Here’s the bottom line. You cannot derive a complete architecture with TDD. TDD can inform some of your architectural decisions, but you cannot begin a project without an architectural vision. So some up front architecture is necessary. One of the most important up front architectural activities is deciding which architectural elements can be deferred and which cannot.

So patterns and TDD aren’t enough. Some architecture decisions are necessary, and I hadn’t made any. No wonder I had trouble in the past!


Ok, it’s 2014 again. Since 2011 when I first wrote this post, I’ve learned quite a bit about software architecture and designing software. Experience is one of the greatest teachers.

I’ve learned to focus on the data flow. Where does data come from, and where is it heading? I’ve learned to focus on what large pieces I need and worry about how to hook them up to each other later. I’ve learned how to separate the GUI from the internals, and that each has their own massive design decisions to worry about. I’ve learned that software architecture is less about the overall design of a software project as much as it is about the constraints on it.

I also learned that software architecture concerns don’t come into play as much if you are hacking together quick prototypes, but addressing the major software constraints can be huge if you intend to have a reusable set of code to use from project to project.

I’ll write more about the specifics in a later post, but it seemed important to document to struggle, especially as I did not identify my lack of knowledge about software architecture as an issue at first.

If you’re an indie developer, what were your major insights into software architecture? Do it come into play for you, or do you find that it isn’t anything to be concerned about in your day to day?

Is There Creativity in Programming?


A colleague of mine was complaining about pair programming. He said one of the problems was that it restricted his coding creativity when he had to argue or discuss what he wants to do with someone else.

I was reminded of a forum post I made many years ago in which I similarly said something about creativity in code. Someone replied and said something to the effect of, “No, software development is engineering, not creativity.”

I have since thought about that response often, and it made an impression on me.

So I told my colleague that if you’re being creative while programming, it probably means you don’t know enough or have enough experience to know what to do.

An example I gave to him was some work we had done together in the past. We created a set of classes to handle filtering some data based on some criteria. We had come up with some very good work here. It was test-driven, very clean, and worked well. We spent about a week on it.

It was a creative solution.

But only because it wasn’t until months later that someone pointed out that what we had implemented was already provided by the 3rd party framework most of our software was based on.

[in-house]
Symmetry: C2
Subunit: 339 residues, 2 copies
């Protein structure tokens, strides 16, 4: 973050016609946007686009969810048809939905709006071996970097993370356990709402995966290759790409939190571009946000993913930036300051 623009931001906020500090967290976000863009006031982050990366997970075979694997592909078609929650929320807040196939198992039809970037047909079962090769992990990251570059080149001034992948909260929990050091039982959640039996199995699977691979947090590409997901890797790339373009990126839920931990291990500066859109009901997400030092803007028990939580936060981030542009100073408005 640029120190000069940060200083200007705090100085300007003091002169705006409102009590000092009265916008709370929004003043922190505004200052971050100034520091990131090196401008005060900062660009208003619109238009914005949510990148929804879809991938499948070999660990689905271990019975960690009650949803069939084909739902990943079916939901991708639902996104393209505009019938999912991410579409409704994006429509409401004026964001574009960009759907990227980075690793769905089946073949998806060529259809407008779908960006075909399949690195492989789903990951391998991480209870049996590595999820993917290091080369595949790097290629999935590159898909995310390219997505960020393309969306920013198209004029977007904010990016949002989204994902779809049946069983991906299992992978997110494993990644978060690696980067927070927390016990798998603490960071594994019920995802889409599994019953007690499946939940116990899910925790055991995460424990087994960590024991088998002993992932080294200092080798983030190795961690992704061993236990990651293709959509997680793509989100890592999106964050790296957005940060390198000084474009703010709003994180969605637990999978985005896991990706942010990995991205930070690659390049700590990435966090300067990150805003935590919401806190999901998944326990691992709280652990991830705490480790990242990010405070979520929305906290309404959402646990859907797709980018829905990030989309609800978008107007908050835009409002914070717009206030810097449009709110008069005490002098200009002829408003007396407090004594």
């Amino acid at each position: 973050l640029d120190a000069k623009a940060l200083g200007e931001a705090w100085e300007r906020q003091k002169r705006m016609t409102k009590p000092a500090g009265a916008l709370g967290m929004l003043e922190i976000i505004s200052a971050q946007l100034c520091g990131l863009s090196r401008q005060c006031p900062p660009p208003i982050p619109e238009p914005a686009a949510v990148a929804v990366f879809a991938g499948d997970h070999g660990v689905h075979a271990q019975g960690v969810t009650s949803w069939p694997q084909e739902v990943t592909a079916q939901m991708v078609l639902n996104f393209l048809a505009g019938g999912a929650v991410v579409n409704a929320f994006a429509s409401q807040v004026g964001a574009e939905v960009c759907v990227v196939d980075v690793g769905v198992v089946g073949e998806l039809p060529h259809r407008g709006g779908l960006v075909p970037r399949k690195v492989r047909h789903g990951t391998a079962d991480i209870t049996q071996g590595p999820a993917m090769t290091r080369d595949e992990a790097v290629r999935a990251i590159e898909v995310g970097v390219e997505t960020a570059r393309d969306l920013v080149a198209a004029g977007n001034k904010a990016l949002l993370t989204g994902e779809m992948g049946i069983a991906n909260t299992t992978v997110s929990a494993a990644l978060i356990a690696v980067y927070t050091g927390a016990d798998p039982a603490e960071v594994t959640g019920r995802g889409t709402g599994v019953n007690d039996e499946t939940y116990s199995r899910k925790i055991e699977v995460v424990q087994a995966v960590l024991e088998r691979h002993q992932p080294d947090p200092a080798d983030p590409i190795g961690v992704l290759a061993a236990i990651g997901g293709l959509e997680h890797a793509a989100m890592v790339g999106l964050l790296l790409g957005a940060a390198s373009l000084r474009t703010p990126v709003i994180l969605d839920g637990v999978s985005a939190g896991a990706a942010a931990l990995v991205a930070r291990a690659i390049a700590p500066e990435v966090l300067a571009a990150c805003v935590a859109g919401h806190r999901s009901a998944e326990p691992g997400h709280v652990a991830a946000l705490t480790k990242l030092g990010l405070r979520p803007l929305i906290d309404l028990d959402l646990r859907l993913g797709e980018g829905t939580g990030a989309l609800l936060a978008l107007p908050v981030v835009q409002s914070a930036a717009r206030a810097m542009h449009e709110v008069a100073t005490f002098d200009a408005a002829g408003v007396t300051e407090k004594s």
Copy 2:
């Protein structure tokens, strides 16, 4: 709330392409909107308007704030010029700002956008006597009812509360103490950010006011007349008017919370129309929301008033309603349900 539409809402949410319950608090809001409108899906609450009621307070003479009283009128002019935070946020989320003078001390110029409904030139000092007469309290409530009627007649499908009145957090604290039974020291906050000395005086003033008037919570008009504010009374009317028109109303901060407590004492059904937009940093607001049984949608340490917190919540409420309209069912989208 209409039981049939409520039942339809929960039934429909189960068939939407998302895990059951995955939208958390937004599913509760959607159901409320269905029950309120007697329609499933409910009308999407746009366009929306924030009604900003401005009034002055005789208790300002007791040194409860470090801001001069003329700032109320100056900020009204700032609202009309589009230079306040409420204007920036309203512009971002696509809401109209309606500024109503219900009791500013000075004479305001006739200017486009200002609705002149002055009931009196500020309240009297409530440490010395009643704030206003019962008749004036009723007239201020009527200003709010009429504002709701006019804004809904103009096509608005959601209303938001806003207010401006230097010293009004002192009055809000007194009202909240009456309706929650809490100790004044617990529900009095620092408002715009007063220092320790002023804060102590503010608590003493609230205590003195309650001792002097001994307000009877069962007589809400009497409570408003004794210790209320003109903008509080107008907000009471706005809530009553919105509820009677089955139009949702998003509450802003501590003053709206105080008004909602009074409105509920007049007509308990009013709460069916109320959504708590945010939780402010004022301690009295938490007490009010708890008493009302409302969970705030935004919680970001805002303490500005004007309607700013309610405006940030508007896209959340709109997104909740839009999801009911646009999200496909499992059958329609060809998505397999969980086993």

Had we known that there was an existing solution, there would be no need for creativity. We would have simply solved the problem and moved on.

On the other hand, we’ve learned that incremental development results in better software. Rather than do the waterfall approach of big design up front, we implement a working piece of value, then build on it.

Often, the process of building the software is the way we learn how to build it. Coding, then, isn’t merely a matter of giving form to requirements, but a way of exploring the problem space. Write some test code, see what happens, and gain a more accurate understanding of what you’re making. Rinse, and repeat.

Software is malleable and allows such experimentation. The end result is a working program to run. We have created.

But can we call it creativity?

Many years ago, I was creating the best RPG ever! a walking demo of an RPG. I wanted the ability to talk to villagers and have conversations instead of merely receiving a single canned message.

I wrote a bunch of logic to load messages, identify if there were branches based on certain things being available such as a quest item, and even provided a way to choose options as replies. You could buy and sell things, which allowed you to change your inventory and your money supply. Inspired by Final Fantasy III‘s thief town, you could even lose money just by talking to certain characters.

I was very proud of the system I came up with and put together in QBasic. I came up with a very creative solution, I thought. It wasn’t until years later that I realized I basically reinvented what’s called a scripting engine.

Had I known about the scripting engine concept, I probably would have realized that it was exactly what I needed. Instead, I stumbled into it over many days of hacking together something that did more and more as I thought of it.

Then again, even if I know the concept, isn’t there some creativity in the specific implementation? Or am I mixing up the roles of the programmer and the game designer here?